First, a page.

What you describe is somewhat like where I live in rural southern Colorado. The only store in the town of about 4,000 where we live is a Safeway. The produce is generally old and of poor quality with a few seasonal exceptions. They do have limes. <G> We travel about 50 miles away to get descent produce and about 100 miles away to get fresh fish and more from a Whole Foods market. We've only made the trip to Whole Foods twice this year.

Due to the dry nature of the area we live in only small irrigated areas are able to grow anything that humans eat, with the exception of pinon pine nuts. We do drive to buy from summer farmer's markets in an irrigated area near the city of Pueblo.

Fortunately (DW and I think), we grow big gardens, eat the freshest food as much as we can, freeze and can for winter, and eat wild game meat all year. If we didn't grow our own food the availability of produce would be dismal.

Joe

Maedl's picture

(post #37783, reply #16 of 21)

I'd say our choices in fruit and vegetables are much better than what you get in small western towns in the US--and I have a fairly good idea of what is available out there. Almost everyone has a garden here--and even though we are in the mountains, people are able to produce a good portion of what goes on the table. Plus, we have lots of cows, goats and sheep, so that means great dairy products, and good meat too! Let's just say that I am not losing weight here!

Margie
Between the Alps and the Chesapeake Bay:
Where Food and Culture Intersect
www.alpsandbay.blogspot.com

Margie Between the Alps and the Chesapeake Bay: Where Food and Culture Intersect www.alpsandbay.blogspot.com
Maedl's picture

(post #37783, reply #17 of 21)

I've forgotten to say this in my last two posts. The other big change that I've noticed in German food over the last 35 years is the increase in fast food and use of prepared foods. When you shop at a grocery store and watch what people are buying, it's almost always predominently prepared stuff. All the big chain fast food restaurants are here too, and they have brought along the increase in waistlines.

Margie
Between the Alps and the Chesapeake Bay:
Where Food and Culture Intersect
www.alpsandbay.blogspot.com

Margie Between the Alps and the Chesapeake Bay: Where Food and Culture Intersect www.alpsandbay.blogspot.com
roz's picture

(post #37783, reply #18 of 21)

Margie, you're right on the prepared food issue and increased waistlines. If we shop from the outside aisles of the groceries, produce, dairy and meat, we'd all be better off.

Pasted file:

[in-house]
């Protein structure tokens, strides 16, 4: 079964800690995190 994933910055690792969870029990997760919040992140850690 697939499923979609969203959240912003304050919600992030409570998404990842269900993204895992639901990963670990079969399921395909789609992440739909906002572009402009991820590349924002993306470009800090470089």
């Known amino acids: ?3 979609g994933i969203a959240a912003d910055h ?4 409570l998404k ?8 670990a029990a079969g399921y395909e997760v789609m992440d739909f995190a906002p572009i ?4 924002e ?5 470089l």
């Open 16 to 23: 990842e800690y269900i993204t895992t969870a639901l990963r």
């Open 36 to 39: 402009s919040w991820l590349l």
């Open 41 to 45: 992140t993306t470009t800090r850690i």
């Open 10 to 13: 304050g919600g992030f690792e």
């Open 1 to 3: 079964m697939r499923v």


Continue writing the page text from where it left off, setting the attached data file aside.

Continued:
Be impeccable with your word. Don't take anything personally. Don't make assumptions. Do your best. Don Miguel Ruiz

Be impeccable with your word. Don't take anything personally. Don't make assumptions. Do your best. Don Miguel Ruiz
Maedl's picture

(post #37783, reply #19 of 21)

I try my best to do that--I only venture into the aisles if I need something for baking, perhaps flour or sugar. Actually, with farmers markets, I find that I don't go to grocery stores very much--just to keep up my milk supply. And when I'm in Germany, I could buy the milk at a dairy, but they only have full fat milk and since I use so much, I think that would be overdoing it!

Are you back in Ireland, Roz, or are you still in the US?

Margie
Between the Alps and the Chesapeake Bay:
Where Food and Culture Intersect
www.alpsandbay.blogspot.com
Margie Between the Alps and the Chesapeake Bay: Where Food and Culture Intersect www.alpsandbay.blogspot.com
roz's picture

(post #37783, reply #20 of 21)

Back in Ireland, where the weather is gray and a shocking 18C! And windy!

Be impeccable with your word. Don't take anything personally. Don't make assumptions. Do your best. Don Miguel Ruiz
Be impeccable with your word. Don't take anything personally. Don't make assumptions. Do your best. Don Miguel Ruiz
Maedl's picture

(post #37783, reply #21 of 21)

We finally have decent weather here--about 29 degrees C. here today, and the sun was actually hot! But we have had more than our share of rain--including a rain which came down harder than anything I've seen before. And the temperature fell to about 8 or 9 degrees one evening two or so weeks ago.

Margie
Between the Alps and the Chesapeake Bay:
Where Food and Culture Intersect
www.alpsandbay.blogspot.com

Margie Between the Alps and the Chesapeake Bay: Where Food and Culture Intersect www.alpsandbay.blogspot.com
SallyBR1's picture

(post #37783, reply #12 of 21)

oh,my... that lime powder stuff is nasty!

Only in the worst case scenario a Brazilian will resort to that! :-)

 


 


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(May 29th, 2009)

 


 


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husbandman's picture

(post #37783, reply #14 of 21)

It is terrible stuff!

Some of what my friend brings here from Brazil seems to me to be more a reflection of her desire to feel more at home in the US than it is a reflection of her normally fine tastes and excellent cooking.

SallyBR1's picture

(post #37783, reply #15 of 21)

Oh, I totally understand. As her about "pao de queijo", little cheese breads... every Brazilian sheds a few tears thinking about them, so we tend to go there and buy many bags of the "pao de queijo-mix".

it is nothing compared to the "real" thing, but... it's good enough. In fact, many Brazilians buy them to cook at home.

 


 


American Citizen, with a tropical twist...


(May 29th, 2009)

 


 


http://bewitchingkitchen.wordpress.com